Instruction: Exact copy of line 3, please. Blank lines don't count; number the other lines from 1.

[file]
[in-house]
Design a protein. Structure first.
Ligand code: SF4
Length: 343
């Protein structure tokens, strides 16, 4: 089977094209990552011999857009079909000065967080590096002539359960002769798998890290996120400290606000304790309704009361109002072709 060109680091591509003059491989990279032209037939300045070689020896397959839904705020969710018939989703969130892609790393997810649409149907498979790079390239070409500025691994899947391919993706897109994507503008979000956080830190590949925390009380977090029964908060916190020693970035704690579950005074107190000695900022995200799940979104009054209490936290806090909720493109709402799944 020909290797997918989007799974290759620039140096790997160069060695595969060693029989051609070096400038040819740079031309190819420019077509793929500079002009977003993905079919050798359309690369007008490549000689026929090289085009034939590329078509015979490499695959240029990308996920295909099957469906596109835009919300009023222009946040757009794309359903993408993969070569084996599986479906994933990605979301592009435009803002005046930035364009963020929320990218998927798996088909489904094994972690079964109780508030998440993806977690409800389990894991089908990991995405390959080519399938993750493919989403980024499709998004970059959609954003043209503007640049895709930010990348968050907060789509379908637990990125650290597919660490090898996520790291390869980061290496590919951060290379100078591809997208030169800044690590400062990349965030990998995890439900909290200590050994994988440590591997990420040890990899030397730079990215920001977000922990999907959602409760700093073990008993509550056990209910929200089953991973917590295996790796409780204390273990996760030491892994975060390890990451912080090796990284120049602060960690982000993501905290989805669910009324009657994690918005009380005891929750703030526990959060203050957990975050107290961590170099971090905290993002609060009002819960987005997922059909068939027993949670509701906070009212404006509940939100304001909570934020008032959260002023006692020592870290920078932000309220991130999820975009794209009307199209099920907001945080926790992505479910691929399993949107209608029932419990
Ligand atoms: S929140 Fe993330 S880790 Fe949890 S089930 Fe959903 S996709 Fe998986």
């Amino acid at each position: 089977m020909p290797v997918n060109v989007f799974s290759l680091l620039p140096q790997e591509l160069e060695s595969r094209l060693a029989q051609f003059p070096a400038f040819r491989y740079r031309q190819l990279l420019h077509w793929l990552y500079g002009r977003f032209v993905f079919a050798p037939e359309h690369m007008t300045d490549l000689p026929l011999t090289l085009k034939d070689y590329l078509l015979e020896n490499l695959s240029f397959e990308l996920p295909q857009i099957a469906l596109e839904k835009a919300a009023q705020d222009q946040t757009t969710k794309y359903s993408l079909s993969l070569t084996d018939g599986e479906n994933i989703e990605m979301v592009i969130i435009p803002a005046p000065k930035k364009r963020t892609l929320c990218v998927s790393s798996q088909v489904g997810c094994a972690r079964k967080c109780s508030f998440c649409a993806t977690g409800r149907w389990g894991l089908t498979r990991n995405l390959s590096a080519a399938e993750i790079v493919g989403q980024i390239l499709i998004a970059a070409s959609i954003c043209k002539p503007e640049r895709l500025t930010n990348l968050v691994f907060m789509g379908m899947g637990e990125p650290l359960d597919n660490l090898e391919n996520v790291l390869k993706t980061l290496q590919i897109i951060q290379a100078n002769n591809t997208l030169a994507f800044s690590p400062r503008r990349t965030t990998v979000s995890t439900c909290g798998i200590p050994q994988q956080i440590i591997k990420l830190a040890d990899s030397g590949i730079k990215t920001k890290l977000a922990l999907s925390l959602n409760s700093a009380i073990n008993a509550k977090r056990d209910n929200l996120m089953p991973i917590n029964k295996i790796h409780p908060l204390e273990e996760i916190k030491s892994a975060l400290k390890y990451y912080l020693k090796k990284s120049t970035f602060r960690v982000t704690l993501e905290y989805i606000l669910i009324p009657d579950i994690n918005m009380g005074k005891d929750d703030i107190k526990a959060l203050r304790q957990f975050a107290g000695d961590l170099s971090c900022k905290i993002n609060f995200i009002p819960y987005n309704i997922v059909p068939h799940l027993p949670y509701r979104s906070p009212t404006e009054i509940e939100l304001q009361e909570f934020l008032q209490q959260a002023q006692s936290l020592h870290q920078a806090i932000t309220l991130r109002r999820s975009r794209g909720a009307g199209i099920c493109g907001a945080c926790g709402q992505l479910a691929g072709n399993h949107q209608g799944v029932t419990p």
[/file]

Ligand code: SF4